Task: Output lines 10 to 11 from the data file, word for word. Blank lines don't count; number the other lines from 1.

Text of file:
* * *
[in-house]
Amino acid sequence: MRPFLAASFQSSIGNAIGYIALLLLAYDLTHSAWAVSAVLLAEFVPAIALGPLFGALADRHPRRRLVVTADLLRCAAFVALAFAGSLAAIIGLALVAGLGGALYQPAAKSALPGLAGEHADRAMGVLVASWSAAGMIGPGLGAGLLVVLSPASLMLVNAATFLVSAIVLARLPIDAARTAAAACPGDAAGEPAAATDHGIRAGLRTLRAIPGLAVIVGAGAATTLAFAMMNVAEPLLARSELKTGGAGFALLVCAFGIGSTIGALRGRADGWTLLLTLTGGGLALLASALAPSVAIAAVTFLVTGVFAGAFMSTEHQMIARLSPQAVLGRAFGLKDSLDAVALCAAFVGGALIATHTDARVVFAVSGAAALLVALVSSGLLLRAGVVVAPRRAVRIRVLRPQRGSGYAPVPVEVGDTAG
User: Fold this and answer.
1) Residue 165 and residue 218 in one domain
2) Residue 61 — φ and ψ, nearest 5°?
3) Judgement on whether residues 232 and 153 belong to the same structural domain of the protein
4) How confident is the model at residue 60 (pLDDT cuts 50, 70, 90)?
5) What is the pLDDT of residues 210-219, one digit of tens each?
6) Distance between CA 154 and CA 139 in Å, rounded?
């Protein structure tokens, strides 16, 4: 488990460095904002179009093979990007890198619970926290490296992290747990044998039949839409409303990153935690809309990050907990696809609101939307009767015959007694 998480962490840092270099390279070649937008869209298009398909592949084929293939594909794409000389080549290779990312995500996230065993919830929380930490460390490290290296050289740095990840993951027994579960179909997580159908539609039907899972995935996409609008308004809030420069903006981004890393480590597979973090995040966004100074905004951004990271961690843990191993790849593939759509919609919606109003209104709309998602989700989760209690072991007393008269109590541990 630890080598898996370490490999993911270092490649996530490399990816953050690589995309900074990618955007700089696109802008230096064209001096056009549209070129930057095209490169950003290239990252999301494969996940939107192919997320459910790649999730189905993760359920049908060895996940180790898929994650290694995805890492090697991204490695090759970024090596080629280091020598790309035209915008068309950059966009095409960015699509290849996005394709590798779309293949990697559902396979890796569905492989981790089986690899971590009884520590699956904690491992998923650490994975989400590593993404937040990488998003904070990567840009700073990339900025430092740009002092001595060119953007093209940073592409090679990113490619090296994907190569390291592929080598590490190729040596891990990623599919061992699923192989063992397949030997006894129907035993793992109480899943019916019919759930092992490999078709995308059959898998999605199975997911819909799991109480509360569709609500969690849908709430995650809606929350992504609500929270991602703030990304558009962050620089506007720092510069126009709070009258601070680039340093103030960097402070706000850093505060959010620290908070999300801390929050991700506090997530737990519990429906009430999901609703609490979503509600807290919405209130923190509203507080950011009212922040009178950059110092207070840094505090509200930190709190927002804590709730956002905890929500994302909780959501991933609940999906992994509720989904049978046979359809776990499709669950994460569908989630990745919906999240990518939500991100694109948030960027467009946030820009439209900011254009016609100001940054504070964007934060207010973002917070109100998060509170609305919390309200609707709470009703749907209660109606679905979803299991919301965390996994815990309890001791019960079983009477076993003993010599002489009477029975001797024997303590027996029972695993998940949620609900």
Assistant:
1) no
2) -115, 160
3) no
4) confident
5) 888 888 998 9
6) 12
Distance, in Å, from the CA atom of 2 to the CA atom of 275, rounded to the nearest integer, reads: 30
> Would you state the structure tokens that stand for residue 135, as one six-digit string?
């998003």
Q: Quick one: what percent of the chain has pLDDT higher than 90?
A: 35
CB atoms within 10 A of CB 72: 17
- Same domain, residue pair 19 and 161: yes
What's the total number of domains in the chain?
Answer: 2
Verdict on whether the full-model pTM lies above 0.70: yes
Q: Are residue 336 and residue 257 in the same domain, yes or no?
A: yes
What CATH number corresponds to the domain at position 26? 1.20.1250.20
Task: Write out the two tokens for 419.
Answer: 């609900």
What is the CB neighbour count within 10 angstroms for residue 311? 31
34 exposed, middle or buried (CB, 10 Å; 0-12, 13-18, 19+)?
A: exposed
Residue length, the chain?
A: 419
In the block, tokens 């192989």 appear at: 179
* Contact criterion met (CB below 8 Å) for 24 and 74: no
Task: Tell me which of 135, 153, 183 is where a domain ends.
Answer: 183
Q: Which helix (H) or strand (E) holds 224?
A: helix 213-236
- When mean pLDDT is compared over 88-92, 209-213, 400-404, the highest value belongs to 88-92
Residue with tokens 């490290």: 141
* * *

């Protein structure tokens, strides 16, 4: 488990460095904002179009093979990007890198619970926290490296992290747990044998039949839409409303990153935690809309990050907990696809609101939307009767015959007694 998480962490840092270099390279070649937008869209298009398909592949084929293939594909794409000389080549290779990312995500996230065993919830929380930490460390490290290296050289740095990840993951027994579960179909997580159908539609039907899972995935996409609008308004809030420069903006981004890393480590597979973090995040966004100074905004951004990271961690843990191993790849593939759509919609919606109003209104709309998602989700989760209690072991007393008269109590541990 630890080598898996370490490999993911270092490649996530490399990816953050690589995309900074990618955007700089696109802008230096064209001096056009549209070129930057095209490169950003290239990252999301494969996940939107192919997320459910790649999730189905993760359920049908060895996940180790898929994650290694995805890492090697991204490695090759970024090596080629280091020598790309035209915008068309950059966009095409960015699509290849996005394709590798779309293949990697559902396979890796569905492989981790089986690899971590009884520590699956904690491992998923650490994975989400590593993404937040990488998003904070990567840009700073990339900025430092740009002092001595060119953007093209940073592409090679990113490619090296994907190569390291592929080598590490190729040596891990990623599919061992699923192989063992397949030997006894129907035993793992109480899943019916019919759930092992490999078709995308059959898998999605199975997911819909799991109480509360569709609500969690849908709430995650809606929350992504609500929270991602703030990304558009962050620089506007720092510069126009709070009258601070680039340093103030960097402070706000850093505060959010620290908070999300801390929050991700506090997530737990519990429906009430999901609703609490979503509600807290919405209130923190509203507080950011009212922040009178950059110092207070840094505090509200930190709190927002804590709730956002905890929500994302909780959501991933609940999906992994509720989904049978046979359809776990499709669950994460569908989630990745919906999240990518939500991100694109948030960027467009946030820009439209900011254009016609100001940054504070964007934060207010973002917070109100998060509170609305919390309200609707709470009703749907209660109606679905979803299991919301965390996994815990309890001791019960079983009477076993003993010599002489009477029975001797024997303590027996029972695993998940949620609900």
Assistant: